Standardized Recipes

1. Definition.

A standardized recipe is a set of instructions describing the way a particular establishment prepares a particular dish. In other words, it is a customized recipe developed by an operation for the use of its own cooks, using its own equipment, to be served to its own patrons.

2. The structure of a standardized recipe.

Recipe formats differ from operation to operation, but nearly all of them try to include as much precise information as possible.The following details may be listed:

• Yield, including total yield, number of portions, and portion size.

• Ingredients and exact amounts,listed in order of use.

• Equipment needed,including measuring equipment, pan sizes, portioning equipment,and so on.

• Directions for preparing the dish. Directions are kept as simple as possible.

• Preparation and cooking times.

• Directions for portioning, plating, and garnishing.

• Directions for breaking down the station, cleaning up, and storing leftovers.

3. The function of standardized recipes.

An operation's own recipes are used to control production.They do this in two ways:

• They control quality. Standardized recipes are detailed and specific.This is to ensure that the product is the same every time it is made and served, no matter who cooks it.

• They control quantity. First, they indicate precise quantities for every ingredient and how they are to be measured. Second, they indicate exact yields and portion sizes, and how the portions are to be measured and served.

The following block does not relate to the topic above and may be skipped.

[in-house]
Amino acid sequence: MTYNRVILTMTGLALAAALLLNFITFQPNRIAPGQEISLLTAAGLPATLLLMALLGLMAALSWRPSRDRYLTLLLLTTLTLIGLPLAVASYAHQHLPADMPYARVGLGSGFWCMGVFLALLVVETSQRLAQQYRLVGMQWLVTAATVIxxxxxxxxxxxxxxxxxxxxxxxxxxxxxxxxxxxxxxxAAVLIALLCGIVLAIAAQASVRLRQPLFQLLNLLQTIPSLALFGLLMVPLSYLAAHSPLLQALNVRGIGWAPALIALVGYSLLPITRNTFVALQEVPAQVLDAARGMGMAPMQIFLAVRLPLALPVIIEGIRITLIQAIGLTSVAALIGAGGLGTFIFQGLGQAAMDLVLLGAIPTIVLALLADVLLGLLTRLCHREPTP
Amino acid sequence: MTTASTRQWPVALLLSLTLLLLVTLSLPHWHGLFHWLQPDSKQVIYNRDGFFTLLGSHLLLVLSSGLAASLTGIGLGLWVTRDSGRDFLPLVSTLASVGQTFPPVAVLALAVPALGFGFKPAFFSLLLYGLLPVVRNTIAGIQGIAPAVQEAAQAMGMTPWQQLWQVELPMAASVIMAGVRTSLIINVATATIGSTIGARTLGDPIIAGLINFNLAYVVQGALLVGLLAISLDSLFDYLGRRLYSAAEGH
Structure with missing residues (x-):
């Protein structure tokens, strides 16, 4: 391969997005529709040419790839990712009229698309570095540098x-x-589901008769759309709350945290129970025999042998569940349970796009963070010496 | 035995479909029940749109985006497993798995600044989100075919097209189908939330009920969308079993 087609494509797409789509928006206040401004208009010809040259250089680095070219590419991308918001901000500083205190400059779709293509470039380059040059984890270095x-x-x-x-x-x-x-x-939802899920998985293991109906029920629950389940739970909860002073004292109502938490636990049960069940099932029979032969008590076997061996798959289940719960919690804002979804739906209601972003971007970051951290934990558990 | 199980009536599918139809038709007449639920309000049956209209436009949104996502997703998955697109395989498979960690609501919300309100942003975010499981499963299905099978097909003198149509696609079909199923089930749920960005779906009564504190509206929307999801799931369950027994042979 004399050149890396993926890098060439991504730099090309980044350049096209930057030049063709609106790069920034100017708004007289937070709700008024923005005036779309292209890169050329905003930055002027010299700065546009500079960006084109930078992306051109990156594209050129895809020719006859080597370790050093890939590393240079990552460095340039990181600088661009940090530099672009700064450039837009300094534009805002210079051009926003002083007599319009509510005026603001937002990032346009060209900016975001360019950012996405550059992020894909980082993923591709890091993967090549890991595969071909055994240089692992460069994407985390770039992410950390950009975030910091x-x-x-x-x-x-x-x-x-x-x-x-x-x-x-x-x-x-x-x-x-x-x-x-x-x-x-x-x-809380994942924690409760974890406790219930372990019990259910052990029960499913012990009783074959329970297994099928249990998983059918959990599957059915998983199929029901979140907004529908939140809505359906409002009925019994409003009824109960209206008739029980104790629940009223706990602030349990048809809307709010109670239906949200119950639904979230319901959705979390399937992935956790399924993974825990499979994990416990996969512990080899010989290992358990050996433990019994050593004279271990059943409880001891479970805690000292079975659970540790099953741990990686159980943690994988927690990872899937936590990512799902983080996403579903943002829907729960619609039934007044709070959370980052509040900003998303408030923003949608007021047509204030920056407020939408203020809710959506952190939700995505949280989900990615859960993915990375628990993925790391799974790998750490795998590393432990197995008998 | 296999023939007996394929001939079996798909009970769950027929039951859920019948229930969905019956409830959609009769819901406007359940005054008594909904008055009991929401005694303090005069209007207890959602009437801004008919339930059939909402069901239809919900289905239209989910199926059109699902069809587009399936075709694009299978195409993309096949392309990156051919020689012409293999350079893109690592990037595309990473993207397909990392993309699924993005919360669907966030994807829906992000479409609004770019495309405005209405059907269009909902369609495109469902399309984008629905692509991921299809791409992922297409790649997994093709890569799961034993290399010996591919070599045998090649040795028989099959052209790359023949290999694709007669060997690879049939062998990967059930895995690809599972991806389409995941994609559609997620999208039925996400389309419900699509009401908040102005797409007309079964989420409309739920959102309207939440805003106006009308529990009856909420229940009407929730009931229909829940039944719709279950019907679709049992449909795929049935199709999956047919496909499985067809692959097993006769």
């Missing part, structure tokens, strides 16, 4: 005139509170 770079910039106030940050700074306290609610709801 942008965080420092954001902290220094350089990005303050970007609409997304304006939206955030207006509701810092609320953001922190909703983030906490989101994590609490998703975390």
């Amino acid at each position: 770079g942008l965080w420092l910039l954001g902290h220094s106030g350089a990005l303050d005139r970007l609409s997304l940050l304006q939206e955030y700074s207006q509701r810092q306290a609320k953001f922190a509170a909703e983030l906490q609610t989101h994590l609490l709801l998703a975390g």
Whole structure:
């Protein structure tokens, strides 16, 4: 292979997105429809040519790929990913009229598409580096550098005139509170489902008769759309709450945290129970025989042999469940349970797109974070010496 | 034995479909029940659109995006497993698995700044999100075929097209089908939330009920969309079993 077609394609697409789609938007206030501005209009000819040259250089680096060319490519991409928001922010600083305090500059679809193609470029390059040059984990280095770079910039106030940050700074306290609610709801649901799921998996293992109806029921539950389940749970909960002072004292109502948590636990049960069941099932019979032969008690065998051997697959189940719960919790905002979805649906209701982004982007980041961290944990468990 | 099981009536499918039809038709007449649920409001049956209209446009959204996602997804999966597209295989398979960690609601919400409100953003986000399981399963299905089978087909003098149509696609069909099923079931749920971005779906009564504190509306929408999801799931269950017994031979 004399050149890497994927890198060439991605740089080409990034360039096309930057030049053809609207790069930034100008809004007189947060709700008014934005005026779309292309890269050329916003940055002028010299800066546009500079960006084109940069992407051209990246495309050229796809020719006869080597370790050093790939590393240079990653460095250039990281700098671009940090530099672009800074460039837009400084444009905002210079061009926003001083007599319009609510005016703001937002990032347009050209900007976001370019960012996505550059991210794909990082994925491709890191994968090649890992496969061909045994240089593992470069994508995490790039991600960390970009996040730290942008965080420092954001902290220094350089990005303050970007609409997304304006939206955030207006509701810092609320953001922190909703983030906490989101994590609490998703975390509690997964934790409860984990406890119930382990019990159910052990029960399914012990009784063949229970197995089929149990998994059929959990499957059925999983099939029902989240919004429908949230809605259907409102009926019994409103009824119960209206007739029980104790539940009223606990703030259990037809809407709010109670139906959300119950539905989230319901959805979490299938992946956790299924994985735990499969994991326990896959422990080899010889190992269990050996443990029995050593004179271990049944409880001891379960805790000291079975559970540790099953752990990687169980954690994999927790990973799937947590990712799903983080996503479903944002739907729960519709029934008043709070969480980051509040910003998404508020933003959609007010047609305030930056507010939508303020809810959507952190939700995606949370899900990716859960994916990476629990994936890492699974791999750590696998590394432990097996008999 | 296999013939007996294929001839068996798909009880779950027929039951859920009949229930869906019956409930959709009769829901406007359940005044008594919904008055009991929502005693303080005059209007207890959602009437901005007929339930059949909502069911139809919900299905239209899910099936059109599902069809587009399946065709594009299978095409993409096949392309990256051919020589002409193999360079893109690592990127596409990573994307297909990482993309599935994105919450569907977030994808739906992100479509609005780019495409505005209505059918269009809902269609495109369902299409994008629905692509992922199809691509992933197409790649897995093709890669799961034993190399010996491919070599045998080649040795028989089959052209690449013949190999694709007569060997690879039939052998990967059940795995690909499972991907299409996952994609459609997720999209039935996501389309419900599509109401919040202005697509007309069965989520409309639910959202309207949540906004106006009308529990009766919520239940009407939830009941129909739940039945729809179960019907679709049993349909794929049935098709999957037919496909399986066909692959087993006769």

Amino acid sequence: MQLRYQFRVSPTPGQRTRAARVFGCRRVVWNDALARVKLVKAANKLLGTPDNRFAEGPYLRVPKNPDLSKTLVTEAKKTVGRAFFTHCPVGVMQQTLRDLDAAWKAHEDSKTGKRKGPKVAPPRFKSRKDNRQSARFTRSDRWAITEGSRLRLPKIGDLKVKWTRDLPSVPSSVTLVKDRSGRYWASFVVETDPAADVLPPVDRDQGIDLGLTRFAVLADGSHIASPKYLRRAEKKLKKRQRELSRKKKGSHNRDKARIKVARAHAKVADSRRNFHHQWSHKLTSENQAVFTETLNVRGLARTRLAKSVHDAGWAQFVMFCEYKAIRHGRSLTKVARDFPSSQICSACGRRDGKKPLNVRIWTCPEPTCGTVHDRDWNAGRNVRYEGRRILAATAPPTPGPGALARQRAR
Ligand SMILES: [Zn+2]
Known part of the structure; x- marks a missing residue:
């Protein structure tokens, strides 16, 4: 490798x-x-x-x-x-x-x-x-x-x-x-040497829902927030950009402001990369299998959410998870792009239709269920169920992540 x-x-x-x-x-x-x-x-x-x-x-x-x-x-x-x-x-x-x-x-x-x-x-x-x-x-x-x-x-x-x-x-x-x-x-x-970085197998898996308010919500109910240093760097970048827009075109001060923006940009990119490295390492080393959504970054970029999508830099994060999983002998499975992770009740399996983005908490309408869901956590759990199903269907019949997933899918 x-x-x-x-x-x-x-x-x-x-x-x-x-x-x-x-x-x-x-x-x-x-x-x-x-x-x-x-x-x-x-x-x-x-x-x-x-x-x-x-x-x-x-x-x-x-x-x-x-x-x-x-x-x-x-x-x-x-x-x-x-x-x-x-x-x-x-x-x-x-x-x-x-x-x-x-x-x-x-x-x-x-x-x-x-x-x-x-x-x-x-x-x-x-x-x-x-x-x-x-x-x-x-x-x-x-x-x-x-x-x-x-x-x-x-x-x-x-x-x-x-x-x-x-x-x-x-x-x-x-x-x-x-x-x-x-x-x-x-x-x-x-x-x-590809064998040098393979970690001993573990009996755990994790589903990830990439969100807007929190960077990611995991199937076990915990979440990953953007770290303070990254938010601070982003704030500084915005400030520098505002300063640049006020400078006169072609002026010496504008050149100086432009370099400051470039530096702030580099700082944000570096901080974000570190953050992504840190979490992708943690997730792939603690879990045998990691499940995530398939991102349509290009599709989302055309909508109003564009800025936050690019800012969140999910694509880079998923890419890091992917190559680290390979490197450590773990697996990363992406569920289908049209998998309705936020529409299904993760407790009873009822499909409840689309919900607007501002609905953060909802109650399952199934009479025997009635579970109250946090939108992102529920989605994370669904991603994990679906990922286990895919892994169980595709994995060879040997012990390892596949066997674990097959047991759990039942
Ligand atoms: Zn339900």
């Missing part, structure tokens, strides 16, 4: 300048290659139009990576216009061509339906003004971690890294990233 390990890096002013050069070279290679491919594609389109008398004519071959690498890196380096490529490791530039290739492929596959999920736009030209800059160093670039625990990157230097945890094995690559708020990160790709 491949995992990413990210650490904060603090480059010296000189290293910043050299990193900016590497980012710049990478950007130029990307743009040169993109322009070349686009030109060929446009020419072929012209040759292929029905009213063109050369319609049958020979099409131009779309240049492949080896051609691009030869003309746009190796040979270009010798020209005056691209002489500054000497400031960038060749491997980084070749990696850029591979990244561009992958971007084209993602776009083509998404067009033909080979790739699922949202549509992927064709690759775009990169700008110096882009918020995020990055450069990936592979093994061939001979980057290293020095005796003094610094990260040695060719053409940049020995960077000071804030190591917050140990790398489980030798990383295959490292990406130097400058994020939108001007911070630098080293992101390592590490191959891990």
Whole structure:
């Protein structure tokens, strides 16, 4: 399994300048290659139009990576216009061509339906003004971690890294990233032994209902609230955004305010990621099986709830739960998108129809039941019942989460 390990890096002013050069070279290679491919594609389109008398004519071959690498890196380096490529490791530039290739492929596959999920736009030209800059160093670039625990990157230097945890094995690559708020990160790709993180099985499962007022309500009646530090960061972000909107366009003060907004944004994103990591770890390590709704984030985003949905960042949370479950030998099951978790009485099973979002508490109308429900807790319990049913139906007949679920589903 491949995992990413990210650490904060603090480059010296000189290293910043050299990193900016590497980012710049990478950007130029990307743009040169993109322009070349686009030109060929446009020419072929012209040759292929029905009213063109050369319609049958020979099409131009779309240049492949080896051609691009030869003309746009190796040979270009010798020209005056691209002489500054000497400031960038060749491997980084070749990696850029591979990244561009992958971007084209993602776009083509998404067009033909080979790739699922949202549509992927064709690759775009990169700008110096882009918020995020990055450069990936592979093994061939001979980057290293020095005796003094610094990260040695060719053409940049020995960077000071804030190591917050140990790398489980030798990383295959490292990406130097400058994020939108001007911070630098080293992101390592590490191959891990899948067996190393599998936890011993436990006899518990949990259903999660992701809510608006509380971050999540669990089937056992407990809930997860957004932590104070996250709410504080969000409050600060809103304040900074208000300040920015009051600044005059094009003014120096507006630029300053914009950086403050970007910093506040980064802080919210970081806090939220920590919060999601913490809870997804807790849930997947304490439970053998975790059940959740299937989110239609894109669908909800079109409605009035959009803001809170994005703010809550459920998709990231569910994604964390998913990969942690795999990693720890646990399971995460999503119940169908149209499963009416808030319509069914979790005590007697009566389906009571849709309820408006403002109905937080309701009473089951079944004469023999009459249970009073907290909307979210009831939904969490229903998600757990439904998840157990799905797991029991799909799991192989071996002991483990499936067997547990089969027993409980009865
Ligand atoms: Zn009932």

4. The limitations of standardized recipes.

Standardized recipes have the same problems as all recipes—the problems we discussed earlier regarding variations in foods, equipment, and vagueness of instruc-tions.These problems can be reduced by writing the recipe carefully, but they cannot be eliminated. Even if an operation uses good standardized recipes, a new employee making a dish for the first time will usually require supervision to make sure he or she interprets the instructions the same way as the rest of the staff.These limitations don't invalidate standardized recipes. If anything, they make exact directions even more important. But they do mean that experience and knowledge are still very important.

Table 5.1 gives an example of a standardized recipe based on a recipe in this book.

Compare and note the differences between this recipe and the recipe on page 397, an instructional recipe (explained in the following section). In particular,note the following differences:

• There are no metric units. Because this recipe is designed for a single kitchen in the United States, only one set of measurements is needed.

• The procedure appears below the ingredients rather than in a column to the right. An operation can choose any recipe format, but the operation using this recipe wants to emphasize collecting and measuring all ingredients before beginning to cook.

• The recipe includes Critical Control Points.The operation using this recipe has established a HACCP system. Food safety instructions are included as part of the standardized recipe. (Read or review the section on HACCP, pp. 33-34, if necessary.)

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